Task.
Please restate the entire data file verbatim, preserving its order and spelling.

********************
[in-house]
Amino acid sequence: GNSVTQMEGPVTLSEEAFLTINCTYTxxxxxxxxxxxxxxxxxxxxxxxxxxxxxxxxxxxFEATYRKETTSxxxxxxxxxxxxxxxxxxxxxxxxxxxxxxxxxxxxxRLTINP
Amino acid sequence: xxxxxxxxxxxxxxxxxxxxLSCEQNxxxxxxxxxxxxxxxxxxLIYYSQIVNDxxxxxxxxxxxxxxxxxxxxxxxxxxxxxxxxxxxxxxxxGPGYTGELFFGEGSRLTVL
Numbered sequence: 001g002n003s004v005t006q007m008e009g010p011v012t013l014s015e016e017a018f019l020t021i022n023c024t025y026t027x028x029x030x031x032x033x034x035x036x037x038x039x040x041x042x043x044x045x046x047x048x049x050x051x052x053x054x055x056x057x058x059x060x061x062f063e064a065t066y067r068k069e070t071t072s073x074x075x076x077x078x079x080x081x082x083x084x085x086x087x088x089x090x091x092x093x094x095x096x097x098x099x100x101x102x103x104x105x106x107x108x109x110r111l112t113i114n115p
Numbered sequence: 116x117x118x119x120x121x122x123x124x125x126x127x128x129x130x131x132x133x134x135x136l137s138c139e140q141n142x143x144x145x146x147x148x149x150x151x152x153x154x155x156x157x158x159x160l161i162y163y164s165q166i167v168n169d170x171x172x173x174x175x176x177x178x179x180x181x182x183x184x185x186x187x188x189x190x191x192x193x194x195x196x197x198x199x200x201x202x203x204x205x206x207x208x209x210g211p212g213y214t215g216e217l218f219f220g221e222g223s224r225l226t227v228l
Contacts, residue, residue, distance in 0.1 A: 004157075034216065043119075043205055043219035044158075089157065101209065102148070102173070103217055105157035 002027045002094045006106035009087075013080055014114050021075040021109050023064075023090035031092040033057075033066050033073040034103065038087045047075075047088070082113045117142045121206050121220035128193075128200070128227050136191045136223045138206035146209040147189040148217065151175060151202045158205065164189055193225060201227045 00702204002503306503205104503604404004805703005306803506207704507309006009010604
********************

[in-house]
Amino acid sequence: GNSVTQMEGPVTLSEEAFLTINCTYTxxxxxxxxxxxxxxxxxxxxxxxxxxxxxxxxxxxFEATYRKETTSxxxxxxxxxxxxxxxxxxxxxxxxxxxxxxxxxxxxxRLTINP
Amino acid sequence: xxxxxxxxxxxxxxxxxxxxLSCEQNxxxxxxxxxxxxxxxxxxLIYYSQIVNDxxxxxxxxxxxxxxxxxxxxxxxxxxxxxxxxxxxxxxxxGPGYTGELFFGEGSRLTVL
Numbered sequence: 001g002n003s004v005t006q007m008e009g010p011v012t013l014s015e016e017a018f019l020t021i022n023c024t025y026t027x028x029x030x031x032x033x034x035x036x037x038x039x040x041x042x043x044x045x046x047x048x049x050x051x052x053x054x055x056x057x058x059x060x061x062f063e064a065t066y067r068k069e070t071t072s073x074x075x076x077x078x079x080x081x082x083x084x085x086x087x088x089x090x091x092x093x094x095x096x097x098x099x100x101x102x103x104x105x106x107x108x109x110r111l112t113i114n115p
Numbered sequence: 116x117x118x119x120x121x122x123x124x125x126x127x128x129x130x131x132x133x134x135x136l137s138c139e140q141n142x143x144x145x146x147x148x149x150x151x152x153x154x155x156x157x158x159x160l161i162y163y164s165q166i167v168n169d170x171x172x173x174x175x176x177x178x179x180x181x182x183x184x185x186x187x188x189x190x191x192x193x194x195x196x197x198x199x200x201x202x203x204x205x206x207x208x209x210g211p212g213y214t215g216e217l218f219f220g221e222g223s224r225l226t227v228l
Contacts, residue, residue, distance in 0.1 A: 004157075034216065043119075043205055043219035044158075089157065101209065102148070102173070103217055105157035 002027045002094045006106035009087075013080055014114050021075040021109050023064075023090035031092040033057075033066050033073040034103065038087045047075075047088070082113045117142045121206050121220035128193075128200070128227050136191045136223045138206035146209040147189040148217065151175060151202045158205065164189055193225060201227045 00702204002503306503205104503604404004805703005306803506207704507309006009010604